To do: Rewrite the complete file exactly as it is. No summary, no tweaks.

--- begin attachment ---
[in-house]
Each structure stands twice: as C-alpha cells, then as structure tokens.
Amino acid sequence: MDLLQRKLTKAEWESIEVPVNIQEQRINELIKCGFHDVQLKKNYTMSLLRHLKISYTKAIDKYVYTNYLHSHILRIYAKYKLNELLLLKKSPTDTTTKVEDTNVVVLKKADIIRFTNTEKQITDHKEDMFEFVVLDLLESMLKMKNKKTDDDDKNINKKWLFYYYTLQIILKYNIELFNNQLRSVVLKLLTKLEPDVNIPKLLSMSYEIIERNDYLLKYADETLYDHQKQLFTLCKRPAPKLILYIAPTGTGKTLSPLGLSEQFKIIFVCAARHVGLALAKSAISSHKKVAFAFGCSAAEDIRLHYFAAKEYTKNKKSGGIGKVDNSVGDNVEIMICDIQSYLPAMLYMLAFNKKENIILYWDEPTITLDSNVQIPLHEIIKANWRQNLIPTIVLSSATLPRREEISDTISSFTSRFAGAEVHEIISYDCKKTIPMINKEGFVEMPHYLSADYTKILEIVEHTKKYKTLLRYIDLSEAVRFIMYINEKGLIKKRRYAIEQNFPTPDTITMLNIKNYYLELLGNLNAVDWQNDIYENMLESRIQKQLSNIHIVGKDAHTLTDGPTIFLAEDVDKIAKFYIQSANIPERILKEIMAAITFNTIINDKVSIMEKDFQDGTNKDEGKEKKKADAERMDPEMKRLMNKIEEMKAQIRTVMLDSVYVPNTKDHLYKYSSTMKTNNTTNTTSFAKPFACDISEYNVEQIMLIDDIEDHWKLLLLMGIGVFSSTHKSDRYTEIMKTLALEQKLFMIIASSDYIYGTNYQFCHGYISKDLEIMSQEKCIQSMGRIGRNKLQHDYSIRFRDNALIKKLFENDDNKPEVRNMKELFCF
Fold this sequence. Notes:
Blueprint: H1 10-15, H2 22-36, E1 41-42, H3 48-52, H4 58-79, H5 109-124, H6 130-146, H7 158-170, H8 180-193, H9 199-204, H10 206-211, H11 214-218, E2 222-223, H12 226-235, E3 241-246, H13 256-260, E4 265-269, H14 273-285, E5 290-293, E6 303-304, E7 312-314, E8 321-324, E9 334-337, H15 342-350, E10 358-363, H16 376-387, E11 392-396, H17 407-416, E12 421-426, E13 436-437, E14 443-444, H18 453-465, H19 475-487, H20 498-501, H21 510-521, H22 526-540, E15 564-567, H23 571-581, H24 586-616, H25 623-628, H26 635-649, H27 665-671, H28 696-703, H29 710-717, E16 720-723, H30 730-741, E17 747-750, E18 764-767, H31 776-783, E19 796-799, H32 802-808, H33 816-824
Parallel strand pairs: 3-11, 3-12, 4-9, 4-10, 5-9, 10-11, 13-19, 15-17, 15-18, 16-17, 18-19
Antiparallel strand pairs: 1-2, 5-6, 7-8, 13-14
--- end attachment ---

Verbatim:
[in-house]
Each structure stands twice: as C-alpha cells, then as structure tokens.
Amino acid sequence: MDLLQRKLTKAEWESIEVPVNIQEQRINELIKCGFHDVQLKKNYTMSLLRHLKISYTKAIDKYVYTNYLHSHILRIYAKYKLNELLLLKKSPTDTTTKVEDTNVVVLKKADIIRFTNTEKQITDHKEDMFEFVVLDLLESMLKMKNKKTDDDDKNINKKWLFYYYTLQIILKYNIELFNNQLRSVVLKLLTKLEPDVNIPKLLSMSYEIIERNDYLLKYADETLYDHQKQLFTLCKRPAPKLILYIAPTGTGKTLSPLGLSEQFKIIFVCAARHVGLALAKSAISSHKKVAFAFGCSAAEDIRLHYFAAKEYTKNKKSGGIGKVDNSVGDNVEIMICDIQSYLPAMLYMLAFNKKENIILYWDEPTITLDSNVQIPLHEIIKANWRQNLIPTIVLSSATLPRREEISDTISSFTSRFAGAEVHEIISYDCKKTIPMINKEGFVEMPHYLSADYTKILEIVEHTKKYKTLLRYIDLSEAVRFIMYINEKGLIKKRRYAIEQNFPTPDTITMLNIKNYYLELLGNLNAVDWQNDIYENMLESRIQKQLSNIHIVGKDAHTLTDGPTIFLAEDVDKIAKFYIQSANIPERILKEIMAAITFNTIINDKVSIMEKDFQDGTNKDEGKEKKKADAERMDPEMKRLMNKIEEMKAQIRTVMLDSVYVPNTKDHLYKYSSTMKTNNTTNTTSFAKPFACDISEYNVEQIMLIDDIEDHWKLLLLMGIGVFSSTHKSDRYTEIMKTLALEQKLFMIIASSDYIYGTNYQFCHGYISKDLEIMSQEKCIQSMGRIGRNKLQHDYSIRFRDNALIKKLFENDDNKPEVRNMKELFCF
Fold this sequence. Notes:
Blueprint: H1 10-15, H2 22-36, E1 41-42, H3 48-52, H4 58-79, H5 109-124, H6 130-146, H7 158-170, H8 180-193, H9 199-204, H10 206-211, H11 214-218, E2 222-223, H12 226-235, E3 241-246, H13 256-260, E4 265-269, H14 273-285, E5 290-293, E6 303-304, E7 312-314, E8 321-324, E9 334-337, H15 342-350, E10 358-363, H16 376-387, E11 392-396, H17 407-416, E12 421-426, E13 436-437, E14 443-444, H18 453-465, H19 475-487, H20 498-501, H21 510-521, H22 526-540, E15 564-567, H23 571-581, H24 586-616, H25 623-628, H26 635-649, H27 665-671, H28 696-703, H29 710-717, E16 720-723, H30 730-741, E17 747-750, E18 764-767, H31 776-783, E19 796-799, H32 802-808, H33 816-824
Parallel strand pairs: 3-11, 3-12, 4-9, 4-10, 5-9, 10-11, 13-19, 15-17, 15-18, 16-17, 18-19
Antiparallel strand pairs: 1-2, 5-6, 7-8, 13-14